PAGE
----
Imagine you are looking at a pinball machine. It is your favorite machine. You see that Steve has more points than you, but ZZERAF is just slightly below you (and you wonder who is that person?). You really want that top score, but you just do not have the time to spend or skill to achieve the top score.
But you continue to try. Then something out of the blue happens. Your ball gets stuck right next to the 10,000 whammy bumper and you smack the machine.
Uh, oh. TILT.
Where Gamification is right now in the LMS space
Before we dovetail into the state of Gamification, let’s review some data I collected from social media readers, followers, etc. on “Gamification”. This information was from end of 2014.
- 98% had heard of gamification
- 86% wanted badges – within that, nearly 45% wanted a built-in badge library
- 82% wanted a leaderboard
- 76% wanted points
- 72% wanted game templates
On the LMS side, at the end of 2014, 590
- 40 vendors had at least three gamification features (8 of them had at least four features)
Standard Gamification Features (The basics in today’s gamification space, even back in 2014)
- Leaderboard – regardless if it is top 10 or everybody
- Badges including ability to upload your own badge, because you know everyone has a graphic artist at their firm (albeit, not every system had the upload your own badge thing)
- Ability to accrue points (i.e. Points)
Several vendors offered the ability for admin (clients) to upload their own badge. But this was not the usual standard gamification feature.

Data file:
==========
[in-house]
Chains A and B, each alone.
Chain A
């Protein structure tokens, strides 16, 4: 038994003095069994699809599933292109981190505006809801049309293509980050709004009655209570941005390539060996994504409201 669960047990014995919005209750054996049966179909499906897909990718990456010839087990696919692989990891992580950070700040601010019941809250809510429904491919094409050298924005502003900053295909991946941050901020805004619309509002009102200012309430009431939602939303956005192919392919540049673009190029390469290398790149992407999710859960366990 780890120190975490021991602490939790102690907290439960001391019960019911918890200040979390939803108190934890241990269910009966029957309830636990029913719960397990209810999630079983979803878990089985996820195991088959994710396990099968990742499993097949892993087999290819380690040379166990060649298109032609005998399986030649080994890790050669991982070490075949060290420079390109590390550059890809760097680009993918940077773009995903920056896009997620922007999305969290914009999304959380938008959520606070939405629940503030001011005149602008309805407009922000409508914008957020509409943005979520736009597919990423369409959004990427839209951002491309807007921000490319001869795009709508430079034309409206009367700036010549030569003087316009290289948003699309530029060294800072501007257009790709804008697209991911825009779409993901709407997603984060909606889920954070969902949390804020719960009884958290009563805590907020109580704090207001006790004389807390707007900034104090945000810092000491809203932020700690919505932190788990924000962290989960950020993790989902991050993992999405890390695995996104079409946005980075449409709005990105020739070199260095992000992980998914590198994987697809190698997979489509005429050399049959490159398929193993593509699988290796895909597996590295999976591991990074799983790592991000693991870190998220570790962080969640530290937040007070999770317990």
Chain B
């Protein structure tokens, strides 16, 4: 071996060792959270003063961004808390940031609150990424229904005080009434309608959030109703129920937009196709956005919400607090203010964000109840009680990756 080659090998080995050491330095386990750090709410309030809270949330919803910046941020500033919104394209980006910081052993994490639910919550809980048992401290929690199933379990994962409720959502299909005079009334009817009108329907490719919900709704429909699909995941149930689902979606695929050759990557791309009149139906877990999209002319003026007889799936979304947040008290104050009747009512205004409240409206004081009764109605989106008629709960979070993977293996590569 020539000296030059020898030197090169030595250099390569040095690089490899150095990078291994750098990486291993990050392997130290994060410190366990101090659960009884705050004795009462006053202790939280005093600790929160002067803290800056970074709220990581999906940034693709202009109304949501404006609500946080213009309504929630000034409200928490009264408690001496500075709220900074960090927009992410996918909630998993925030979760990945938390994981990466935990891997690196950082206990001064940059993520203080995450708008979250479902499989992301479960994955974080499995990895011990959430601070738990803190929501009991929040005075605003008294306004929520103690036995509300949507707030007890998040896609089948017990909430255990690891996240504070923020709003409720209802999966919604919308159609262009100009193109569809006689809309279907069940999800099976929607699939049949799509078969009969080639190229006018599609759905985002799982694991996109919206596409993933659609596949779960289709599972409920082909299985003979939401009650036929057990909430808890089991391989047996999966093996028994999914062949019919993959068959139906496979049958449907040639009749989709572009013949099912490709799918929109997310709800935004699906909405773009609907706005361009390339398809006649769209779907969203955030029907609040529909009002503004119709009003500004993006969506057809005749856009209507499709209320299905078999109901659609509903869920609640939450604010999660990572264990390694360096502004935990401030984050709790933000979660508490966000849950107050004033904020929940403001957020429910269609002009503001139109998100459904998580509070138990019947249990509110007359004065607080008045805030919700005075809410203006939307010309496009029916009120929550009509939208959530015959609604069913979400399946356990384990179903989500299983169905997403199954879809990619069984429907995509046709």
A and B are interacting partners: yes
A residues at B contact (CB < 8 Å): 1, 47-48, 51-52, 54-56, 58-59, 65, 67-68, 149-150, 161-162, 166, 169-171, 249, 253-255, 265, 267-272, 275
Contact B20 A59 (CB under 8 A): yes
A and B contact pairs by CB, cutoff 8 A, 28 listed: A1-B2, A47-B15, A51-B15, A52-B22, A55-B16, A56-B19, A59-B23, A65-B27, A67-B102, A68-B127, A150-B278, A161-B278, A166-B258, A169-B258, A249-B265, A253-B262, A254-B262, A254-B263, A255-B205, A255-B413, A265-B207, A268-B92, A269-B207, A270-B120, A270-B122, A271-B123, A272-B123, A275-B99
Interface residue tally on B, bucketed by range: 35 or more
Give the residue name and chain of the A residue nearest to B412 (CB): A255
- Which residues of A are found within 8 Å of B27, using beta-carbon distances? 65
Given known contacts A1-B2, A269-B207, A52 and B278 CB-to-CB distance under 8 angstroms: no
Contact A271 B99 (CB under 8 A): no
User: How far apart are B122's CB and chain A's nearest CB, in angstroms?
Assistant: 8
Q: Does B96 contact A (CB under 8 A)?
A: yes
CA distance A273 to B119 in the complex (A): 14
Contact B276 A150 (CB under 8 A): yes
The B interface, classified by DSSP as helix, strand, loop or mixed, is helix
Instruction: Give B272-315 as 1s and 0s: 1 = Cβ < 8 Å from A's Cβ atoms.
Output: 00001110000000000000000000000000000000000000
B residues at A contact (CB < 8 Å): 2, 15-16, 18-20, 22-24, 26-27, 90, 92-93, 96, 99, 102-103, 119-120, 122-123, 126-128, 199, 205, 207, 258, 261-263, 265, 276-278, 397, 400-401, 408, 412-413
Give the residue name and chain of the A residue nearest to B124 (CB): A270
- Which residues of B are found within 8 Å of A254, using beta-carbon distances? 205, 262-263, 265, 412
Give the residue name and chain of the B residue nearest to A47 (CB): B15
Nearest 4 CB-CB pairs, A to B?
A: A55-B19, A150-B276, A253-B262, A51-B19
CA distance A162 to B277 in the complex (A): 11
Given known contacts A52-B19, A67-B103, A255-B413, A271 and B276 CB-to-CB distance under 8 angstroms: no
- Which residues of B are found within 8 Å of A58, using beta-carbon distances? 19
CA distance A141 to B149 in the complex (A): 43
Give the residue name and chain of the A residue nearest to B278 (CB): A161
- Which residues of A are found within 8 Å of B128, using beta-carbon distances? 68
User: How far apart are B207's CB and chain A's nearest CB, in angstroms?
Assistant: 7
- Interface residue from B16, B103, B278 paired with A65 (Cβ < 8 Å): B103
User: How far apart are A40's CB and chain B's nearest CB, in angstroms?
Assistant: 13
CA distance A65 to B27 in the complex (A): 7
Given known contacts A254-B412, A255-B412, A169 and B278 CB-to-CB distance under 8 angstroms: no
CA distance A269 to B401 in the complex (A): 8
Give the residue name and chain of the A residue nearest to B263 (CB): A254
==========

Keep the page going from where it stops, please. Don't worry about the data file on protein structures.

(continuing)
2015 Gamification Features
From consumer standpoint – buyers that is, buyers
- They want more than the usual three – a built-in badge library to start with (at least 25 badges min.)
- Leaderboard on learner home page
- Game based courses or actual games for learning – i.e real game templates that are games, not that crummy Pyramid garbage or static gaming – wow, look at that piece of cardboard Mark!
When I say game based courses, I mean the ability to build them via whatever exists in your system. You do not need a built-in authoring tool to do this. I mean at the basic level, interactive game templates will work.
- Ability to assign points while building a course – this is not the same thing as assigning points to an already uploaded course; clearly the advantage is for those who have a built-in authoring tool or a partnership with an authoring tool vendor in place, but the onus is really on the authoring tool vendors to get their head out of the grass (I know some of you were thinking something else – shame on you) and solve it.